14 14 Reasonable accommodation Compatible with the neutrality of the state Not aimed at changing the general workings of institutions To eliminate indirect discrimination Or to not impede freedom of conscience and freedom of religion

15 15 Public expression of religious affiliation: Debate Fear of communitarianism, which would be detrimental to integration Supposed refusal to share common values Risk of regression and imposition of archaic values (equality of men and women) Consequences of prohibiting the expression of religious affiliation

16 16 Threat to integration? Process of generalizing believers to a community presumed to be closed Presumption that individuals are driven entirely by the standards of the group with which they identify

17 17 Opposing argument Accepting public expression of religious affiliation can prevent withdrawal into a closed community that becomes radical in reaction to the lack of recognition

18 18 Religion = common values? Religion is presumed to have an all-encompassing hold on believers, but… Believers prioritize religious values differently than the secular majority Believers do not reject modern values (apart from some rare exceptions) Identity has many dimensions and draws on a range of values

19 19 Democratic and legal rights: Dangers? By and large, religious expression is lived on modern terms Selecting or distancing oneself from certain standards Diversity within each tradition Personal direction, not a political desire to impose the same standards on all members of society

20 20 Religious signs in government employees Aim: to not exclude common institutions Do not have to choose between religious affiliation and a job Presumption of impartiality

21 21 Limiting factors Do not compromise the effectiveness, security and rights of others These three factors = evaluation of undue constraint on reasonable accommodation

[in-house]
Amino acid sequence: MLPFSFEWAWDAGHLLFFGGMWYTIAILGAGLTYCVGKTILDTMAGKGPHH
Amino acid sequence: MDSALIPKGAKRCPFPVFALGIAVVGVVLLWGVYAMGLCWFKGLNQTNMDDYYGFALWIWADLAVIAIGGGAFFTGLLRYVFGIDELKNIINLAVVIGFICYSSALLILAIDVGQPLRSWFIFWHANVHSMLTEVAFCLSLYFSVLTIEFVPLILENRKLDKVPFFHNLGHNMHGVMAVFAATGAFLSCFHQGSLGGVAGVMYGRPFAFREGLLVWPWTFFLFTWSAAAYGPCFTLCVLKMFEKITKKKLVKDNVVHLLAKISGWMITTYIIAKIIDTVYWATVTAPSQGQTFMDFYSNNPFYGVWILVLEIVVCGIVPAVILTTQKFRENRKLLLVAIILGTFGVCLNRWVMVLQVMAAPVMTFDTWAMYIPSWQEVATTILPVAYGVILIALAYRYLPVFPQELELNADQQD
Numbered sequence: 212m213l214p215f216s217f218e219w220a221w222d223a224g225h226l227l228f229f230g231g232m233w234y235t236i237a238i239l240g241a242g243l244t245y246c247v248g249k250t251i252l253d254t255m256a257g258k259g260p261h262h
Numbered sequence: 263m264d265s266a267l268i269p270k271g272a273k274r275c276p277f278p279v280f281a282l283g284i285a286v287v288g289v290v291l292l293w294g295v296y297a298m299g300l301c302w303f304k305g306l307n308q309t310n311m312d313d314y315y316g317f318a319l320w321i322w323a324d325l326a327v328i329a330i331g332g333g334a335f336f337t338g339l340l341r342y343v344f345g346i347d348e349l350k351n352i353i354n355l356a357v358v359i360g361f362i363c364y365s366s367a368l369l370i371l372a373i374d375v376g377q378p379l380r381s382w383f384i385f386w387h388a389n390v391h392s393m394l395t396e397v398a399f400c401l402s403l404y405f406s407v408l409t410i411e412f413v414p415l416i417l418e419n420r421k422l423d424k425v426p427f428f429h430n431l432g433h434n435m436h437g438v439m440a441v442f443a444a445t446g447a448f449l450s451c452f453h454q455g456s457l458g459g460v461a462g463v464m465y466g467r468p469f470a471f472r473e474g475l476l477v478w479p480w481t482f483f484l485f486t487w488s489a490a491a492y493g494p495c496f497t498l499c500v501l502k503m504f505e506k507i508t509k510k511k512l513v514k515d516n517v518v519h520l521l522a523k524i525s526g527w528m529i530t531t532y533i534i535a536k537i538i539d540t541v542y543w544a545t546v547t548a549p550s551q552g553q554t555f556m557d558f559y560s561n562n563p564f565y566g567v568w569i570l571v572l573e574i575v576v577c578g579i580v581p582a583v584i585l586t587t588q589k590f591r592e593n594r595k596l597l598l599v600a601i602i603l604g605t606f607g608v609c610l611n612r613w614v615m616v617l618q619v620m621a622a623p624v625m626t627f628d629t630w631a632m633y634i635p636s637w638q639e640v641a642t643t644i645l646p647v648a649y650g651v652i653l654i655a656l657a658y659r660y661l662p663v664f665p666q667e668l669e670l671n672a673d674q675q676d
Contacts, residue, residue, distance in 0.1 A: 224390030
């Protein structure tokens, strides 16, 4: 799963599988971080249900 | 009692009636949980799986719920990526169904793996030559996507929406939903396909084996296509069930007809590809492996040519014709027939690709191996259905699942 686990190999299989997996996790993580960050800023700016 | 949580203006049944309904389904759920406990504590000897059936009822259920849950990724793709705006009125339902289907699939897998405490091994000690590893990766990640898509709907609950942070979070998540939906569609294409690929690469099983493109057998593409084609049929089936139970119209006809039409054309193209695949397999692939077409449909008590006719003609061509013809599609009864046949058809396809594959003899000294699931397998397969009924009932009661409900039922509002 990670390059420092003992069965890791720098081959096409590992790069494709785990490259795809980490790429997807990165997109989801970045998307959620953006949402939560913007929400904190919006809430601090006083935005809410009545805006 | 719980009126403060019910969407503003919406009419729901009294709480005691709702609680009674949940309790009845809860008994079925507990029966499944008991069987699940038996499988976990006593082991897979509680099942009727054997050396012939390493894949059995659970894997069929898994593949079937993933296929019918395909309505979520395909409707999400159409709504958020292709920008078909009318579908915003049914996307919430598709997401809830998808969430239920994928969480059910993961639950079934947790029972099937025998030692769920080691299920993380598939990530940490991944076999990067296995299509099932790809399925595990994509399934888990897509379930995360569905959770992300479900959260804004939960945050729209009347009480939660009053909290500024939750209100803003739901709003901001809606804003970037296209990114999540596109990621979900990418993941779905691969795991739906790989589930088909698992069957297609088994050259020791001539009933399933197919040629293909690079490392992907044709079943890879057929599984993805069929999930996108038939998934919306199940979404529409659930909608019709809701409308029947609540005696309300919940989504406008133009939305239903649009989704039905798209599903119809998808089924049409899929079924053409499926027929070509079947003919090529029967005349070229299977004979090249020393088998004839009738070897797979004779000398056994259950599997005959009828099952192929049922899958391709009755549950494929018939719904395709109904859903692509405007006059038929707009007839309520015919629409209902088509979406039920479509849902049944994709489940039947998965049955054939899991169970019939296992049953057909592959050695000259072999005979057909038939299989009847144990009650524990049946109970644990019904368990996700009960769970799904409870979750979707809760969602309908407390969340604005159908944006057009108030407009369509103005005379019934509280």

22 22 Equality of men and women at risk? The law prohibits unequal treatment based on sex Equality of men and women is not necessarily compromised by individual expression of religious affiliation Religious patriarchy exists; the state must not attempt to step in and take its place Strengthen awareness of rights

23 23 Real equality Equality of political and legal status for women Equality of resources to live ones life Equality of opportunity (employment, education, justice, health care, housing)

24 24 3. Factors to be considered Distinguish between the fundamental principles of equality and elements that are incidental Interconnection of different forms of inequality (economic, stigmatized groups, etc.) Evaluate the risk of a sense of rejection Initiatives that do not cause harm to others

25 25 Prohibition of the expression of religious affiliation Done through social exclusion Form of discrimination, racism Not all religions have rules on what followers can and cannot eat or wear Forces individuals to renounce (their faith or their social integration) Homogeneousness is an unrealistic measure of unity

26 26 Targets Aim for integration rather than uniformity Remain vigilant in order to prevent discrimination The need for mechanisms to eliminate discrimination is more pressing where there is diversity Be aware of the impact of the customs of the majority and of their adverse effects

Download ppt "1 The secular state and religious pluralism METROPOLIS / Ottawa / September 23, 2009 Micheline Milot, Ph.D."

Similar presentations

Ads by Google